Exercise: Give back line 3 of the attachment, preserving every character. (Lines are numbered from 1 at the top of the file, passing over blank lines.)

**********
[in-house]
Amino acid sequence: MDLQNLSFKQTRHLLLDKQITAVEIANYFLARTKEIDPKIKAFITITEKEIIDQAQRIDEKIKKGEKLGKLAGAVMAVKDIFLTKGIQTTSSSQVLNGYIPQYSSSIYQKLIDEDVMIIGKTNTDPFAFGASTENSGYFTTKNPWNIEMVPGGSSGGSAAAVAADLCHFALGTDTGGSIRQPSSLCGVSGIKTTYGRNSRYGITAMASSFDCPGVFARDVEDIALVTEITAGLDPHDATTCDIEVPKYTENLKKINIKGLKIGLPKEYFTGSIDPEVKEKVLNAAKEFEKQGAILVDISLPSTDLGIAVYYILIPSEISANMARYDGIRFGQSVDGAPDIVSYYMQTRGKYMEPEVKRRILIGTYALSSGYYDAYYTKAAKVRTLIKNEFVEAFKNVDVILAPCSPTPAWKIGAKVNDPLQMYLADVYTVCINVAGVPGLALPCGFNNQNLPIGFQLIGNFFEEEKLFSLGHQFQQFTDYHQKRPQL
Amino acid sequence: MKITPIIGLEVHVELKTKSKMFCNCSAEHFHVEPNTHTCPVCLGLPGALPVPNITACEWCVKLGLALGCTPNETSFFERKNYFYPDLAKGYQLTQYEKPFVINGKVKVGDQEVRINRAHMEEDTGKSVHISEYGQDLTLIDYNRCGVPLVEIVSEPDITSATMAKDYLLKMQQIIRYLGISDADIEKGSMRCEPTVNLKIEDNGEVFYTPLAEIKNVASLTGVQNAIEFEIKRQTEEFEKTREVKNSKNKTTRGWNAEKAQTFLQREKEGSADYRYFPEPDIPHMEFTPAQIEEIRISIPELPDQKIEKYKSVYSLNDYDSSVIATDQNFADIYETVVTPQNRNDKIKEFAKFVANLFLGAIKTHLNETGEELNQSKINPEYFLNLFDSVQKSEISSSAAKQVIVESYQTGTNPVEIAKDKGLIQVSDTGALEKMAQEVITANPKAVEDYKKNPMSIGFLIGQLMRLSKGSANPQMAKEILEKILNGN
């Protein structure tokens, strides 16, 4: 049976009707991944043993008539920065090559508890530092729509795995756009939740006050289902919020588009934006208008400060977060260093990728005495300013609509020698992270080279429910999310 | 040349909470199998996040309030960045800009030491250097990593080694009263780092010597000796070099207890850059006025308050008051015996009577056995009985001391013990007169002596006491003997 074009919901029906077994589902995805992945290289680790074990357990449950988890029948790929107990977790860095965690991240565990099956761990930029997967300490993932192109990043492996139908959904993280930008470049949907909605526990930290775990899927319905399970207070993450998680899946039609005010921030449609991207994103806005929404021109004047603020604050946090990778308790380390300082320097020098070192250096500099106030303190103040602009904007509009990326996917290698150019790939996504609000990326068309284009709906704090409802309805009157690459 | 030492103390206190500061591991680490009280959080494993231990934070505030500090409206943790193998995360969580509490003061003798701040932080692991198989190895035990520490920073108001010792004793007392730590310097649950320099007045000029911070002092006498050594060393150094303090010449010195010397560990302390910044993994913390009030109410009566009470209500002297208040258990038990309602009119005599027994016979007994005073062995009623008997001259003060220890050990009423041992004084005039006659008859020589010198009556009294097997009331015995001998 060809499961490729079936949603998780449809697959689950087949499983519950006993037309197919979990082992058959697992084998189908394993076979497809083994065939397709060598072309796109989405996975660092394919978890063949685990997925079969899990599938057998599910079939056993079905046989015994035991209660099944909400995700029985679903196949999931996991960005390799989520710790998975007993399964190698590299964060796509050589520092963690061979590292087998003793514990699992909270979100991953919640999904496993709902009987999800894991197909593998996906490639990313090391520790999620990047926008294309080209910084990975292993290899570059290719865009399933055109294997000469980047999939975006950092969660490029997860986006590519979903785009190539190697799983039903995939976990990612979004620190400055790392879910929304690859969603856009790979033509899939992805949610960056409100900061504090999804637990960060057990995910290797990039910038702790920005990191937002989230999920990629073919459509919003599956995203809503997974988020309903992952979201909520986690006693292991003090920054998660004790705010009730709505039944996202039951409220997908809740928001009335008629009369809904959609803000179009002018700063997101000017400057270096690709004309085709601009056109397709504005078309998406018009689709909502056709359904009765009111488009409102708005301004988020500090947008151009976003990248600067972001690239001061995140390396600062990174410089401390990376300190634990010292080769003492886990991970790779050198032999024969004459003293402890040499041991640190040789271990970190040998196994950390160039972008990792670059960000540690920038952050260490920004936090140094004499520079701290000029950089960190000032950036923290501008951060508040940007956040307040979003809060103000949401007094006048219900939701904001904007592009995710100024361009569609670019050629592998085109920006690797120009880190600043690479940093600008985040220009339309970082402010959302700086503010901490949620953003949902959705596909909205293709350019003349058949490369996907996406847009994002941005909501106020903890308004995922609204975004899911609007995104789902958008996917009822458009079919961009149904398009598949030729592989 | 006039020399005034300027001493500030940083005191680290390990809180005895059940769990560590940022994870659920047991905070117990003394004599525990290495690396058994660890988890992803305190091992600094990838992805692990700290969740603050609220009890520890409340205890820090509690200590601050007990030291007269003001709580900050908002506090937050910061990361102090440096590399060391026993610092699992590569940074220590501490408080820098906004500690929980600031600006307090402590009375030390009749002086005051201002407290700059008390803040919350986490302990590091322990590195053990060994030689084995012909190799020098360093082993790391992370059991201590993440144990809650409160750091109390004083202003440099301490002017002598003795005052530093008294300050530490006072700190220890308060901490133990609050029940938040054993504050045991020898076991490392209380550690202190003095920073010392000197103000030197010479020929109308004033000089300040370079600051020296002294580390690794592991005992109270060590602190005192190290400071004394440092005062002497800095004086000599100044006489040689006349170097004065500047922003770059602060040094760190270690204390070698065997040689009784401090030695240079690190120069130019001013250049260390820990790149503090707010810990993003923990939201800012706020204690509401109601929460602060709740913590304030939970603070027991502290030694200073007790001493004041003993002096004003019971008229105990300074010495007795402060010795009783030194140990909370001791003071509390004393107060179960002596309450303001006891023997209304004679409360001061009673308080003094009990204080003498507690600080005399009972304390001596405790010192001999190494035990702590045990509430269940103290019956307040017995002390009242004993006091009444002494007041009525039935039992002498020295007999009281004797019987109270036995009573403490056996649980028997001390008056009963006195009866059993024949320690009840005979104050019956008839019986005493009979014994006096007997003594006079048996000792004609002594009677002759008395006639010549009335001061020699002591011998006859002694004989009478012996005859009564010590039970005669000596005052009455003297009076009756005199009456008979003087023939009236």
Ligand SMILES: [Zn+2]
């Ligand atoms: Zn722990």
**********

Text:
Amino acid sequence: MKITPIIGLEVHVELKTKSKMFCNCSAEHFHVEPNTHTCPVCLGLPGALPVPNITACEWCVKLGLALGCTPNETSFFERKNYFYPDLAKGYQLTQYEKPFVINGKVKVGDQEVRINRAHMEEDTGKSVHISEYGQDLTLIDYNRCGVPLVEIVSEPDITSATMAKDYLLKMQQIIRYLGISDADIEKGSMRCEPTVNLKIEDNGEVFYTPLAEIKNVASLTGVQNAIEFEIKRQTEEFEKTREVKNSKNKTTRGWNAEKAQTFLQREKEGSADYRYFPEPDIPHMEFTPAQIEEIRISIPELPDQKIEKYKSVYSLNDYDSSVIATDQNFADIYETVVTPQNRNDKIKEFAKFVANLFLGAIKTHLNETGEELNQSKINPEYFLNLFDSVQKSEISSSAAKQVIVESYQTGTNPVEIAKDKGLIQVSDTGALEKMAQEVITANPKAVEDYKKNPMSIGFLIGQLMRLSKGSANPQMAKEILEKILNGN